Question – given the choice between a hard day of back-breaking labour on site or a few hours sitting down with a nice, hot cup of tea to sort out your invoices, which would you pick?
It’s the back-breaking labour, isn’t it?
Completing jobs for your clients is where you shine. Even the trickiest of tasks come easier to you than the massive pain in the proverbial that is the dreaded invoice. Alas, your business isn’t going to get very far unless you keep on top of billing customers and managing your cash flow. In fact, it’s not completely uncommon to hear of tradesmen who had to shut shop for good simply because they lacked a sufficiently efficient invoicing system.
But hey, we’re preaching to the converted here. You already know how important it is to manage your invoicing. You just wish it wasn’t such a pain.
Here’s the thing: it doesn’t have to be.
Below, you’ll find our quick and easy tips you to help you achieve simpler, smarter, and speedier invoicing.
Before you begin: prepare a proper quote
What’s the biggest nightmare you face when it comes to managing your invoices and payments? It’s chasing customers, isn’t it?
Let’s be honest, it’s usually the absolute worst task anyone who’s self-employed will tackle – but it doesn’t have to be. One of the main reasons we find ourselves picking up the phone or blasting out emails to late-paying clients is that those clients didn’t know (or at least, will say they didn’t know) your payment terms.
Knock this on the head by creating a written quote before you undertake any new job. Along with a cost estimate, include the payment methods you accept and your payment terms, and ensure that the client agrees to those terms in writing before you so much as break out a screwdriver. That way, clients have a full understanding of what’s expected of them and are far more likely to make payments on time.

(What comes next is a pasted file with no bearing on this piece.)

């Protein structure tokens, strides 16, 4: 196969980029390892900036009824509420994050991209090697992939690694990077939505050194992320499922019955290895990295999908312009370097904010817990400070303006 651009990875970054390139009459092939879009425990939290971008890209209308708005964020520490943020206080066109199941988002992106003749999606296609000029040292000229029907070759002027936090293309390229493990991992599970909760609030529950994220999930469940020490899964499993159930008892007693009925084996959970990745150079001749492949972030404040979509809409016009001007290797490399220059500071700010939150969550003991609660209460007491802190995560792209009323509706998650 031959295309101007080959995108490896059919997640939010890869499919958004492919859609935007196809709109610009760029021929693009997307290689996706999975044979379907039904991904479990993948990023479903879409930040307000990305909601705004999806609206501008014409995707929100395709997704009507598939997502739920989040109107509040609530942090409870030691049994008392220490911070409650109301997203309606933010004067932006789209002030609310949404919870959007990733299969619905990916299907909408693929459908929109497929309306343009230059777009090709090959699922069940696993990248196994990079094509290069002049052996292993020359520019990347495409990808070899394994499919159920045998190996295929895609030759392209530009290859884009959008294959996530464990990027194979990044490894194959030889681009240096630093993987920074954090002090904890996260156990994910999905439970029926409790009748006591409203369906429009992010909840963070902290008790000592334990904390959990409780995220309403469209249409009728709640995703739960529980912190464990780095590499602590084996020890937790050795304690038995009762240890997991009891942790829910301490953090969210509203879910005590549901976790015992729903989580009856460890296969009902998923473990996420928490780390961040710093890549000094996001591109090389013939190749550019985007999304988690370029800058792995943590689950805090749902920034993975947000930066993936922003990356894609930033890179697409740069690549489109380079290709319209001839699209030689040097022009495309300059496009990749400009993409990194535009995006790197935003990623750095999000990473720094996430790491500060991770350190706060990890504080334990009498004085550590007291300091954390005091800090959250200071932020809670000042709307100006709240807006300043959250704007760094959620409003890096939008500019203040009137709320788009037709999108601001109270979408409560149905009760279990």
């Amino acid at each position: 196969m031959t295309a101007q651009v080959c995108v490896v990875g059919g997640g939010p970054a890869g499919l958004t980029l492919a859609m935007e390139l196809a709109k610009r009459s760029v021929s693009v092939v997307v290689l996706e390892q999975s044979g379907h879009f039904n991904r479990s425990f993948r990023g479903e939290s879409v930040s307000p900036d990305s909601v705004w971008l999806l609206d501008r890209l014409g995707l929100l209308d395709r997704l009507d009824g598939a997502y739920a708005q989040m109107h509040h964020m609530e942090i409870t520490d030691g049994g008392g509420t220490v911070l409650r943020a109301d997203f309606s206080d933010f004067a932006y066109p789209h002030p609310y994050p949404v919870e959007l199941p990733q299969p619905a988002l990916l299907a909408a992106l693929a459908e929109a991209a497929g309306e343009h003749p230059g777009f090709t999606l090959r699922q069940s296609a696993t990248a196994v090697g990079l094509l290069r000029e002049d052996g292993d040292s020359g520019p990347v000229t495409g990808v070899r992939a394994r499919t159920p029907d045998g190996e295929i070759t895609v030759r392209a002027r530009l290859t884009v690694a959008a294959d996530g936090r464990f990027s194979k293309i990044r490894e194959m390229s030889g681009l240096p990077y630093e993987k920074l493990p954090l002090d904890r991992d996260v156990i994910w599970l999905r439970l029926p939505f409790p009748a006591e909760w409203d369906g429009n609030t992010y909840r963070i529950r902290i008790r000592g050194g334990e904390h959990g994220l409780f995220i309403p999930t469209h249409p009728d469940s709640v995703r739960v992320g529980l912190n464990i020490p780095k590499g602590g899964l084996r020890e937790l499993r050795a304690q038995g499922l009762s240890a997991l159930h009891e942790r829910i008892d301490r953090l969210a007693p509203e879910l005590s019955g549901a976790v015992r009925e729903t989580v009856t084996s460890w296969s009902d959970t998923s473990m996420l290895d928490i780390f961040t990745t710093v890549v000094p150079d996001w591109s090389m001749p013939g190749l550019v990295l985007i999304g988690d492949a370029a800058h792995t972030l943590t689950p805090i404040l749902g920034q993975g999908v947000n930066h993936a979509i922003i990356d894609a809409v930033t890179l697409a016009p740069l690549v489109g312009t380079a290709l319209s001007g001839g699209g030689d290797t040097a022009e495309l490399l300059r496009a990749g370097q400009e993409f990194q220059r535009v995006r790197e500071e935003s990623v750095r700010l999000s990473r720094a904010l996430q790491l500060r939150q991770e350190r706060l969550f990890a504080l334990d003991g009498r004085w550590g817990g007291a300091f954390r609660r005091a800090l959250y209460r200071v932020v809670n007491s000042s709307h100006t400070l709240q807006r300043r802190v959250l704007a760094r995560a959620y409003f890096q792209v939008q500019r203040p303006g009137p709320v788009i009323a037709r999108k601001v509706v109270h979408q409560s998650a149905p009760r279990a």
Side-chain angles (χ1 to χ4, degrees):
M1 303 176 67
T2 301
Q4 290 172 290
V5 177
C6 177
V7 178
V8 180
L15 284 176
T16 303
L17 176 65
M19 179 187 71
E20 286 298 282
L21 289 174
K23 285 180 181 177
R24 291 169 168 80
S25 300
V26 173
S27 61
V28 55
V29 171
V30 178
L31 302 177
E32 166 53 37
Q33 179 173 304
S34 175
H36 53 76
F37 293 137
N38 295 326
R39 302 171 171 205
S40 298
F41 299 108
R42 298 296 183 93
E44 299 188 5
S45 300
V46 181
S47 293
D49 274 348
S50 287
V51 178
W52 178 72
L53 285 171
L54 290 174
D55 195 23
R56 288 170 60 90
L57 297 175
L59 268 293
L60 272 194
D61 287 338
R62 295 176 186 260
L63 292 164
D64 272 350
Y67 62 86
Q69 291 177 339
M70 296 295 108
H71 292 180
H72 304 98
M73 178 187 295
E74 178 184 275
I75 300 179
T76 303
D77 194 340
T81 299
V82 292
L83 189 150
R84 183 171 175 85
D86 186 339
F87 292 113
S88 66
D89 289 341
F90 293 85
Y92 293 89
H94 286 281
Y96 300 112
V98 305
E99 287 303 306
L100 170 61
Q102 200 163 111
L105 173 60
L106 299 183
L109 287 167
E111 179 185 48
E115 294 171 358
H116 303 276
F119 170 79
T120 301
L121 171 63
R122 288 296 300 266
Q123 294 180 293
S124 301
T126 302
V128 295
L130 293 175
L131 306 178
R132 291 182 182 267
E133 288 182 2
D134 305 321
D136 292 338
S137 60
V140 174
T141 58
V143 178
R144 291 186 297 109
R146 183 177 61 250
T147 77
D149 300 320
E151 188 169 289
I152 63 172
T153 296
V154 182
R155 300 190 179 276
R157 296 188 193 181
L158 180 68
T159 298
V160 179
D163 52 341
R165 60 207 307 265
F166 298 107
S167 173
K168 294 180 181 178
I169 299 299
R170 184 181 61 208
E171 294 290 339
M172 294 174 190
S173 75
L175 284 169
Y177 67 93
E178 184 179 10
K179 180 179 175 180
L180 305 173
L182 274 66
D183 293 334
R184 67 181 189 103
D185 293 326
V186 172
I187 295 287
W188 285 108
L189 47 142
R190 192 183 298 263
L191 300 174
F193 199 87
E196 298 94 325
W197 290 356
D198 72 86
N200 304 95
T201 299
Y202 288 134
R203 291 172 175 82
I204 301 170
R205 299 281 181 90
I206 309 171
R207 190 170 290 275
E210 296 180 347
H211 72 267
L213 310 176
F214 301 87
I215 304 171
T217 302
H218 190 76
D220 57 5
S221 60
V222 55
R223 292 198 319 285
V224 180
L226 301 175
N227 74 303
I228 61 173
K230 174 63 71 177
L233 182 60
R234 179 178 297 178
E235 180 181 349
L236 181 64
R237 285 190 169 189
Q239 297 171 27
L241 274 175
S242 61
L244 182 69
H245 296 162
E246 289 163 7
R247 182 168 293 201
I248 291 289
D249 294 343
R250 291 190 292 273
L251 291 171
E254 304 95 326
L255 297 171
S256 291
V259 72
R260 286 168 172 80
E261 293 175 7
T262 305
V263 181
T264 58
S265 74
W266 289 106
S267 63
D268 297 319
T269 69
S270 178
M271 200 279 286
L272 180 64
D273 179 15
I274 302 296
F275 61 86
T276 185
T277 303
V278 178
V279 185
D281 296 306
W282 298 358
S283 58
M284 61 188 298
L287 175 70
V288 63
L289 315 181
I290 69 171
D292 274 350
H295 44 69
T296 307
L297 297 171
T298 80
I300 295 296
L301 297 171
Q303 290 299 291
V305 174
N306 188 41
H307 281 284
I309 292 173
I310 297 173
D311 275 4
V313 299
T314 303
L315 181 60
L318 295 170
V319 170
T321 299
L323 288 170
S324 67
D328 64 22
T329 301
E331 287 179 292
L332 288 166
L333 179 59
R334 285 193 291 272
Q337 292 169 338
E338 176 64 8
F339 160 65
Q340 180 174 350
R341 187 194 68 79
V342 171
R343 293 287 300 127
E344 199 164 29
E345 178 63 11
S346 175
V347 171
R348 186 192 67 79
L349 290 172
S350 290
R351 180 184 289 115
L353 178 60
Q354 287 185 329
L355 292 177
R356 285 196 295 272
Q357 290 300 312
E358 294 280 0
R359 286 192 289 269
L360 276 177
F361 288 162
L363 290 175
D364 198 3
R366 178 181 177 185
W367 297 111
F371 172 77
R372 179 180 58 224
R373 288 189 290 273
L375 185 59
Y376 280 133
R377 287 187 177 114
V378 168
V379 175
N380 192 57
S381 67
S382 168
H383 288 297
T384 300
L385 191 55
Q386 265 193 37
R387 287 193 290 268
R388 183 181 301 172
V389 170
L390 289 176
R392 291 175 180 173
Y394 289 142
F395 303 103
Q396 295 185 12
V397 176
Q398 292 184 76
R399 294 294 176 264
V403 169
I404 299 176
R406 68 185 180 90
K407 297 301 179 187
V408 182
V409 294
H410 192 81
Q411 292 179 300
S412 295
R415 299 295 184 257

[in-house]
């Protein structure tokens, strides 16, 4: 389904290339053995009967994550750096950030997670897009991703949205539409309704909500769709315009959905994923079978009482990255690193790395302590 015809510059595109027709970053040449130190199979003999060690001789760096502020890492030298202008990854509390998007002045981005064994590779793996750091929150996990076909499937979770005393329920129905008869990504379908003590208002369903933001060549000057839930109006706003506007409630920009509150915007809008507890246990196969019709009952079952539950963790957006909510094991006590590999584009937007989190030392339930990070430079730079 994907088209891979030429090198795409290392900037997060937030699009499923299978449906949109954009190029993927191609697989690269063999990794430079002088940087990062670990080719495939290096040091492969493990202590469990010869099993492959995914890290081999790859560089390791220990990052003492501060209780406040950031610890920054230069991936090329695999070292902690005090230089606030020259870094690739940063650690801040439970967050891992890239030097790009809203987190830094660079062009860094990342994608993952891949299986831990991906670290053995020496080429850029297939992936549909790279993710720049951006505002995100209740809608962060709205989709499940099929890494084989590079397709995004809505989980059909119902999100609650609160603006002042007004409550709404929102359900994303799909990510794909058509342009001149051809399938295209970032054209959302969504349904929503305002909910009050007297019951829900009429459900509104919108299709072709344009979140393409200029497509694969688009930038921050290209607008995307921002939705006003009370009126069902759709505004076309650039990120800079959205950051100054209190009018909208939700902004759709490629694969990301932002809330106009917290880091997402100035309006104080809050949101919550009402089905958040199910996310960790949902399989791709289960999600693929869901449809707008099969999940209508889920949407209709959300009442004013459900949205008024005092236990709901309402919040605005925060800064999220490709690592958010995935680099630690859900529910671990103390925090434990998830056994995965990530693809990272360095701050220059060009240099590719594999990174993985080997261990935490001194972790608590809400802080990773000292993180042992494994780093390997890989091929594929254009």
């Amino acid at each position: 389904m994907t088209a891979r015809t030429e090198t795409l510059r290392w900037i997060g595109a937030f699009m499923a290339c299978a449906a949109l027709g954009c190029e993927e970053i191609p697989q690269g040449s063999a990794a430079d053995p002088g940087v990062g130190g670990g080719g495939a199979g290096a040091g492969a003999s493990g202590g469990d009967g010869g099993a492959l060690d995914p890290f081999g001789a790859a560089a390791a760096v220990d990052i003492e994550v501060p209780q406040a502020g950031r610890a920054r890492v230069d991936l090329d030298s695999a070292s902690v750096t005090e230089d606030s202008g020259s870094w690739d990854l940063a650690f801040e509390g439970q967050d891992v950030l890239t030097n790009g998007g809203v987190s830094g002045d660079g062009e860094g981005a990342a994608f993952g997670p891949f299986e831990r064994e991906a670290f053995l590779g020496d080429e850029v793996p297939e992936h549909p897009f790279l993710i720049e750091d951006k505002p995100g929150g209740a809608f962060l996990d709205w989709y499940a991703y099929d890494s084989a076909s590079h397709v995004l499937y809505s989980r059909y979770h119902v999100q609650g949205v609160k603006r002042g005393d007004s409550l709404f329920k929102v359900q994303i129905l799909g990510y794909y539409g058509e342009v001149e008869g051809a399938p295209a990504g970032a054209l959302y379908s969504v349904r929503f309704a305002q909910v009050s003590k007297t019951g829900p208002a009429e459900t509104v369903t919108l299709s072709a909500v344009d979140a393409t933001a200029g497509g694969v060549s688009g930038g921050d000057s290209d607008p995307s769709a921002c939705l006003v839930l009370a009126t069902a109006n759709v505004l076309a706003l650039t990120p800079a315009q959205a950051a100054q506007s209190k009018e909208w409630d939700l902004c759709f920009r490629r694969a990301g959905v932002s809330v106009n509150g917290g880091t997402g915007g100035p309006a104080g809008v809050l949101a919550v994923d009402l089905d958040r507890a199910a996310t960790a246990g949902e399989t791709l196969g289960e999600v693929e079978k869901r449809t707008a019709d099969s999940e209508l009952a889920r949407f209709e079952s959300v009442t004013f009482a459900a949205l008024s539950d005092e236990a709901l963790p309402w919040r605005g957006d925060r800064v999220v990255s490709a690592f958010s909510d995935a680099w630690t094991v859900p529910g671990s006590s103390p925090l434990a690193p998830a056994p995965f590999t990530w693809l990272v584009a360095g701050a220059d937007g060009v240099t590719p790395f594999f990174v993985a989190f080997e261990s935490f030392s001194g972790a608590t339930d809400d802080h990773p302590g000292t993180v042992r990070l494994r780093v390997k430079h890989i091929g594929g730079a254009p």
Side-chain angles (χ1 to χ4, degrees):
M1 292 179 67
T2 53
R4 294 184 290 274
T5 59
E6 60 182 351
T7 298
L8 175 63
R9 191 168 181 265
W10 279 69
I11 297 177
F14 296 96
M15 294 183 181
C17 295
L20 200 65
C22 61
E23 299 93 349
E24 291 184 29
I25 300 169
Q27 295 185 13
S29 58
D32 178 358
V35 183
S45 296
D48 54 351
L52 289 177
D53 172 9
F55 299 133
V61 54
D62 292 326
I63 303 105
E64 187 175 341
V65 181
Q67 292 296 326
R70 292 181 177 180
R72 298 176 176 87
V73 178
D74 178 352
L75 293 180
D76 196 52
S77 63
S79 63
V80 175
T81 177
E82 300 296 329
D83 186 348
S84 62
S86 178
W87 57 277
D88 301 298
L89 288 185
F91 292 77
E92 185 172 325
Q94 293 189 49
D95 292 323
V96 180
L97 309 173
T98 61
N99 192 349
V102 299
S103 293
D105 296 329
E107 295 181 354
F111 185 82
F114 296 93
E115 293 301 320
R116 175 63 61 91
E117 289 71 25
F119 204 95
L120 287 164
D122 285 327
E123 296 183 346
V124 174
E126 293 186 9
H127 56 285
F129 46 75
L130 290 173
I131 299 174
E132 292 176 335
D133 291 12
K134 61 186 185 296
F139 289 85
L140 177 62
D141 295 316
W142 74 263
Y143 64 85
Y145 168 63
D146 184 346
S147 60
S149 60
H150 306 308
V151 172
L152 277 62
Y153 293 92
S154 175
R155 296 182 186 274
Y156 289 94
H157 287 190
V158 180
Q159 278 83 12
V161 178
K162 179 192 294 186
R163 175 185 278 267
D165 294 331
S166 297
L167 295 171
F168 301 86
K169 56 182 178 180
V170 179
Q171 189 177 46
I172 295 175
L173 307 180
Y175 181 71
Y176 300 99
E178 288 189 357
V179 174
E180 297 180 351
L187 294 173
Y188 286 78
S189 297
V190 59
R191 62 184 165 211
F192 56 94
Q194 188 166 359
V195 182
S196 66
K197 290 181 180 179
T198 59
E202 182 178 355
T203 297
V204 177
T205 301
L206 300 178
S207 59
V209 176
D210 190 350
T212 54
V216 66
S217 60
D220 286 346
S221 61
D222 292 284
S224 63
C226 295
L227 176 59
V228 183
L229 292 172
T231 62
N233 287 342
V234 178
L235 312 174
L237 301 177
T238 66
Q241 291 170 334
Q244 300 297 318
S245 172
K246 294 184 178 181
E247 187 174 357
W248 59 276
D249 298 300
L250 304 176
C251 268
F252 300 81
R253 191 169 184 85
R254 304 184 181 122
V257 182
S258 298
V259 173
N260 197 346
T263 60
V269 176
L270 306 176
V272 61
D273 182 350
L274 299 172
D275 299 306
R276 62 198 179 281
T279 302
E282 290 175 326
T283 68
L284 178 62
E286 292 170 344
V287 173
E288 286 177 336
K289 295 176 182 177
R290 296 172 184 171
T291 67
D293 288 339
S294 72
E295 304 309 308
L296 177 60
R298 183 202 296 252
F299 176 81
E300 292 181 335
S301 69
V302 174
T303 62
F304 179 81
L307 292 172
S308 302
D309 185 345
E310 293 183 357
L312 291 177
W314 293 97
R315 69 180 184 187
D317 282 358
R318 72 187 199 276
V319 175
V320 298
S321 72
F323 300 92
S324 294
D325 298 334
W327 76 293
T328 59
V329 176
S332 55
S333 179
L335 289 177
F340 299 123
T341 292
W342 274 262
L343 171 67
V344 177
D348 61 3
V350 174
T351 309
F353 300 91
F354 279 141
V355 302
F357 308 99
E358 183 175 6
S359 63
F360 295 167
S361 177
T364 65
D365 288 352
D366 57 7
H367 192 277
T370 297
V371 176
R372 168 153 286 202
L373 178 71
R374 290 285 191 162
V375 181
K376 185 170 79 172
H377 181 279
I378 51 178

Cut payment terms in half
Dealing with cash flow can start to get complicated when those 30-day payment terms you usually set mean that jobs which were completed in one month aren’t paid for until the following month.
Sure, you’ve always set a 30-day timeframe for customers to pay for you, and sure it’s a pretty standard way of doing things, but – nobody says you have to do it this way. You can set any timeframe you like. In fact, many experts on small business accounting recommend cutting the time from 30 days to around 13 or 14, making things much easier to manage.
Accept on-the-spot payments
There’s nothing to say you even have to wait 14 days if you’re customers are able to pay you immediately after the job is finished. You can simplify the whole process using a mobile payment system, enabling customers to make a card payment there and then.
Send the same client two separate invoices, one written on a piece of paper and one sent via email. Which one gets paid first? It’s the digital invoice, isn’t it?
Whether you hand-write an invoice before leaving the client’s property or print one out and send it via good old Royal Mail, it’s easy for the client to shove it on top of a pile of other papers they still haven’t got round to dealing with.
Worse yet, it could easily wind up lost or misplaced.
Emailing that document instead not only saves you the time and hassle of walking the post box, but also means your client is far more likely to deal with it promptly.
Emailing your invoicing can be made even easier by using software to do it for you.
Project and invoice management software has come a long way in the last couple of years and is now far more affordable for the average small business owner or small business owner. Used correctly, the right software can prove to be a powerful tool for simplifying and streamlining the whole process of managing your projects, keeping track of costs, and creating invoices.
Taking this one step alone can transform the way you manage your invoices, making the whole process almost as effortless as a hard day on site.
What challenges do you face in managing your invoices? Have you found any tips, tools, or techniques to make the process easier? Share them with your fellow tradesmen via Facebook and Twitter, or let us know in the comments below.